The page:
How to Finalize and Wind Up a Probate Estate in New Jersey (Part IV)

HNW Elder Law, Estate Administration and Probate

By Fredrick P. Niemann, Esq. of Hanlon Niemann, a Freehold, NJ Probate Estate Administration Attorney and Law Firm

In our last post about finalizing an estate, I discussed several key obligations that New Jersey estate and probate laws placed upon an executor or administrator. Let’s continue our discussion today. Today I want to further discuss the topic of a formal accounting in estate administration.

A formal accounting is typically generated in one of three circumstances: (1) a complex estate in which the beneficiaries and the Executor or Administrator agree upon the process; (2) where required by the Attorney General of New Jersey when a charity(ies) is involved; and (3) when agreement cannot be reached upon an informal account by estate beneficiaries and the Executor or Administrator whereby the executor can only be discharged by an order of the Superior Court.

In complicated estates, it may be necessary to generate a formal accounting to satisfy that all beneficiaries that there has been full disclosure, accumulation and distribution of estate assets and the handling of an estate by the executor. Wherever possible, avoiding a formal accounting is in everyone’s best interest because of its cost. But if agreement cannot be reached, all parties can agree that a formal accounting can be used to close out an estate. In this instance, a Court Order is not necessary. Refunding Bonds and Releases will suffice and the estate will conclude.

Often, the Charitable Trust Section of the Attorney General’s Office may require a formal accounting in order to finalize an estate when 501(c) charities are involved. By law, Notice of Probate must be sent to the Charitable Trust Section of the Attorney General’s office whenever a charity is a beneficiary under a Will. If there is a specific bequest, the Charitable Trust Section does not require an accounting, however, when a charity or charities are remainder residuary beneficiaries, the State can require a formal accounting.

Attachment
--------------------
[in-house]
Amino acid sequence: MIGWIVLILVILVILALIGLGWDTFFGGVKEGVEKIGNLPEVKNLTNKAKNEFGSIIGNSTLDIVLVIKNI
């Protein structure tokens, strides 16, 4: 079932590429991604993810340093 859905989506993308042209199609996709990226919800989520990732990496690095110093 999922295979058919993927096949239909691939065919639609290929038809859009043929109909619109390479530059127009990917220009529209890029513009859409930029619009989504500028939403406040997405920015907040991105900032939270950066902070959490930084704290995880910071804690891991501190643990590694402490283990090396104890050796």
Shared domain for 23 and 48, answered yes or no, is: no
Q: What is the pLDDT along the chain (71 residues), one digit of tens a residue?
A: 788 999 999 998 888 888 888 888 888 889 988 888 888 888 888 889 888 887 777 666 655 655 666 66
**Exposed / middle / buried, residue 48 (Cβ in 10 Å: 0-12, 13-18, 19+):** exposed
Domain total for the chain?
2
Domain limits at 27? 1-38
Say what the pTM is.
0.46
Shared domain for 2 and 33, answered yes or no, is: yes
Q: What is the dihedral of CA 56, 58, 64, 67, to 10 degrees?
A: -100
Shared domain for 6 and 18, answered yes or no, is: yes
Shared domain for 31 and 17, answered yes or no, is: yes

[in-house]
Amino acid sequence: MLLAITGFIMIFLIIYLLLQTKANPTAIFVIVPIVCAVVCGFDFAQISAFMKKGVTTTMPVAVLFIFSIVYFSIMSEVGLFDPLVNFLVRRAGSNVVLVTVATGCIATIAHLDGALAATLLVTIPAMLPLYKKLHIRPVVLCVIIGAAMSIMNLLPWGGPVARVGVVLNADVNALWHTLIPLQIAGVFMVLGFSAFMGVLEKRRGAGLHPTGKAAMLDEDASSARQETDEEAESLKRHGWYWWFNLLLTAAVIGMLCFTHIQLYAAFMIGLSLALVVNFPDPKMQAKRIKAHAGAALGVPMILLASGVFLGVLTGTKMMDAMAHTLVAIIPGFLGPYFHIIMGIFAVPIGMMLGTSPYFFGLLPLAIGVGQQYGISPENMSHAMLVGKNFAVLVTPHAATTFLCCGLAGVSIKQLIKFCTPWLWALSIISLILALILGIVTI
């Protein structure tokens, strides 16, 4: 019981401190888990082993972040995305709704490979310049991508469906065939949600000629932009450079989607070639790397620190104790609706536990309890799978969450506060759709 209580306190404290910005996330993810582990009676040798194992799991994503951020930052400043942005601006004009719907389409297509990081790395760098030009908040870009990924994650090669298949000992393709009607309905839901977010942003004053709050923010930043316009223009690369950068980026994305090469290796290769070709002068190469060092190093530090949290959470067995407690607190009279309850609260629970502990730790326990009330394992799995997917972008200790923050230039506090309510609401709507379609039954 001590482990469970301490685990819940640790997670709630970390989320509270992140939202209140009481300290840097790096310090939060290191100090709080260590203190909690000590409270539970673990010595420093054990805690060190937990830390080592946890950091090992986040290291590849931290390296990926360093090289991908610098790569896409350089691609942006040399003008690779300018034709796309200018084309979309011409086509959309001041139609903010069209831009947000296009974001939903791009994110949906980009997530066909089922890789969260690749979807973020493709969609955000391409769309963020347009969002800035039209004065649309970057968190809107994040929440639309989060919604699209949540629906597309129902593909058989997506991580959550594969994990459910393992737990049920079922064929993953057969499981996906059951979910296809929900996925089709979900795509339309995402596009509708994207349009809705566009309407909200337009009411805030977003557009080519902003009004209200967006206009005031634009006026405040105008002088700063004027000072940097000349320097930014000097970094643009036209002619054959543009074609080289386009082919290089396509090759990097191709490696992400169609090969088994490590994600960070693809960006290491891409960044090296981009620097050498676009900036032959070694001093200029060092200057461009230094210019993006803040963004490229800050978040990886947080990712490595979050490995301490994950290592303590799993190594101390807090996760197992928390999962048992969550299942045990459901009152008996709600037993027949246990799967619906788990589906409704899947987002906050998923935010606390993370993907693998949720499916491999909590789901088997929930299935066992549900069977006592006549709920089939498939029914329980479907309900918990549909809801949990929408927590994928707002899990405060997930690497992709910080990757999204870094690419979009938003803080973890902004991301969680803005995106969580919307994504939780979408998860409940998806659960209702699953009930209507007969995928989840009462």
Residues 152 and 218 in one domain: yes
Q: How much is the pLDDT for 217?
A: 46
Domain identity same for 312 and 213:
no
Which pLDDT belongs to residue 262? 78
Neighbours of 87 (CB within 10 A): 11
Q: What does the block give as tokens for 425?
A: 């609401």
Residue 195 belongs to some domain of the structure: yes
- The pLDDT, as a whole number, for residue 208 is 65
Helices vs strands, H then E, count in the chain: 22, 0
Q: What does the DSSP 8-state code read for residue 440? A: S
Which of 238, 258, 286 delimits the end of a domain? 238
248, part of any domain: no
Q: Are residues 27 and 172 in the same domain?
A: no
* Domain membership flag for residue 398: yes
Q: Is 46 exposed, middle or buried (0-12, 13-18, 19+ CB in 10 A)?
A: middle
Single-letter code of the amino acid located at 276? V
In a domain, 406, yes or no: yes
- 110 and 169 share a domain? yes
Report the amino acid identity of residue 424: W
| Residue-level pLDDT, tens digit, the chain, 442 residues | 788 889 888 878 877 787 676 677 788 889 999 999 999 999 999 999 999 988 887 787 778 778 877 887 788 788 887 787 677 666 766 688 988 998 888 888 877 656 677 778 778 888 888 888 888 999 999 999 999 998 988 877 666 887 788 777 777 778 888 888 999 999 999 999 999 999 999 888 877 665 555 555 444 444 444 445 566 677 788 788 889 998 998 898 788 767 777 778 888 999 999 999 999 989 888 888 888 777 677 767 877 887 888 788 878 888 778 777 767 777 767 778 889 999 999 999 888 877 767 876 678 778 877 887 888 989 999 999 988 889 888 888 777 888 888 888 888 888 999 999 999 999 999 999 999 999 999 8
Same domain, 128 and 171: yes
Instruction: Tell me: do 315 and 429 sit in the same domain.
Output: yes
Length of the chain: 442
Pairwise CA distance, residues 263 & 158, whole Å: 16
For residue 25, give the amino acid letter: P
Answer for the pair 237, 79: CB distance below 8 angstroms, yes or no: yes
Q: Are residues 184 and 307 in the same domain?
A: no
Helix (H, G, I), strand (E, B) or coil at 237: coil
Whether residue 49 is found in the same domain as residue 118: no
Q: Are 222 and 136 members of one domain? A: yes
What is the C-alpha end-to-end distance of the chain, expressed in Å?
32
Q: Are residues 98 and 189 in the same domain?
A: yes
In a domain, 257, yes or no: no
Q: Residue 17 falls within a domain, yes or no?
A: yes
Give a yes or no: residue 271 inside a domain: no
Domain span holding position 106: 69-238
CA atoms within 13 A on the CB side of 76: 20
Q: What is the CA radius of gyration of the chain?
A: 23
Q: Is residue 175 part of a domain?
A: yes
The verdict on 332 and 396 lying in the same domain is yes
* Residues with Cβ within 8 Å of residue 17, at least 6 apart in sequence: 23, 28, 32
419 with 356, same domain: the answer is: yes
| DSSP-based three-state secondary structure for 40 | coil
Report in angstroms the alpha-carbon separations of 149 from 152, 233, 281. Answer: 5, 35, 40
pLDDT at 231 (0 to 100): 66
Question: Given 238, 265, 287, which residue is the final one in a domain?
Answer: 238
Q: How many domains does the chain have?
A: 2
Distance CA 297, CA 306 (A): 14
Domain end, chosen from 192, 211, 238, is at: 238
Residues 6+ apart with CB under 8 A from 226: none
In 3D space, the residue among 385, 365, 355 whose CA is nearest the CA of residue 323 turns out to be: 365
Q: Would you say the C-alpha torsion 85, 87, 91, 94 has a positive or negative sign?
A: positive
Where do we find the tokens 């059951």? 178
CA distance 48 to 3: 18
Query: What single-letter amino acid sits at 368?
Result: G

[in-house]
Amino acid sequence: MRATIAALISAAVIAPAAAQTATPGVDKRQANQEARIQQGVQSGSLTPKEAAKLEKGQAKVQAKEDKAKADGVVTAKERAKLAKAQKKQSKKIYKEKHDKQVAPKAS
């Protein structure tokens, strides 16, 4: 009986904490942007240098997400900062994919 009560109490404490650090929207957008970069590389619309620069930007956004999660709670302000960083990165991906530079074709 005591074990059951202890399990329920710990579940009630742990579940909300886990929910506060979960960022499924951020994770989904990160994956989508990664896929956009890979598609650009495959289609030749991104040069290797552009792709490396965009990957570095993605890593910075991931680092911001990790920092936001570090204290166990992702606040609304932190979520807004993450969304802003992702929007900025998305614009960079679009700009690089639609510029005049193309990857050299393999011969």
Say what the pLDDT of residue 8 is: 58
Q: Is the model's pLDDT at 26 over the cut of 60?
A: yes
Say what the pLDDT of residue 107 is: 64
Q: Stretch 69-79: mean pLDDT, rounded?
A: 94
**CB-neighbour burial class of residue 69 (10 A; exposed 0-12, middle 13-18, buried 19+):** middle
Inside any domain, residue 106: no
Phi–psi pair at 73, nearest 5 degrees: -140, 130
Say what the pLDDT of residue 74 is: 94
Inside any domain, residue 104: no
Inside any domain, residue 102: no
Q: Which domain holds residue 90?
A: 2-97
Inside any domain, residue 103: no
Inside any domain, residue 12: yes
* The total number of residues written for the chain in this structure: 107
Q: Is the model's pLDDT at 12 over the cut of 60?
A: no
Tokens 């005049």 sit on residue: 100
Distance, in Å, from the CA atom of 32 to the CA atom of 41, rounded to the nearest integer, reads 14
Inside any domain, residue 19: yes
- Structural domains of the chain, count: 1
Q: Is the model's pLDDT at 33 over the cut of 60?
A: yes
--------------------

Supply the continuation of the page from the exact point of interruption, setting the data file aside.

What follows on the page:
Most frequently, a formal accounting is filed when the Executor (Administrator) is unable to voluntarily secure signed Refunding Bonds and Releases from all beneficiaries after attempts to obtain same through the use of an informal accounting. To finalize the estate and to be discharged from his/her responsibilities, the Executor must obtain a Court Order of Discharge. To accomplish this, the Executor or Administrator must file an Order to Show Cause and Verified Complaint with an attached formal accounting. The Complaint will seek an Order from the Superior Court (Chancery Division/Probate Part) (a) approving the Executor’s or Administrator’s accounting, (b) approve the payment of all fees and costs incurred by the estate; (c) approve the Executor’s or Administrator’s commissions; and (d) discharge the Executor or Administrator from any further liability to the estate or its beneficiaries.

To discuss your NJ probate or estate administration matter, please contact Fredrick P. Niemann, Esq. toll-free at (855) 376-5291 or email him at Please ask us about our video conferencing consultations if you are unable to come to our office.


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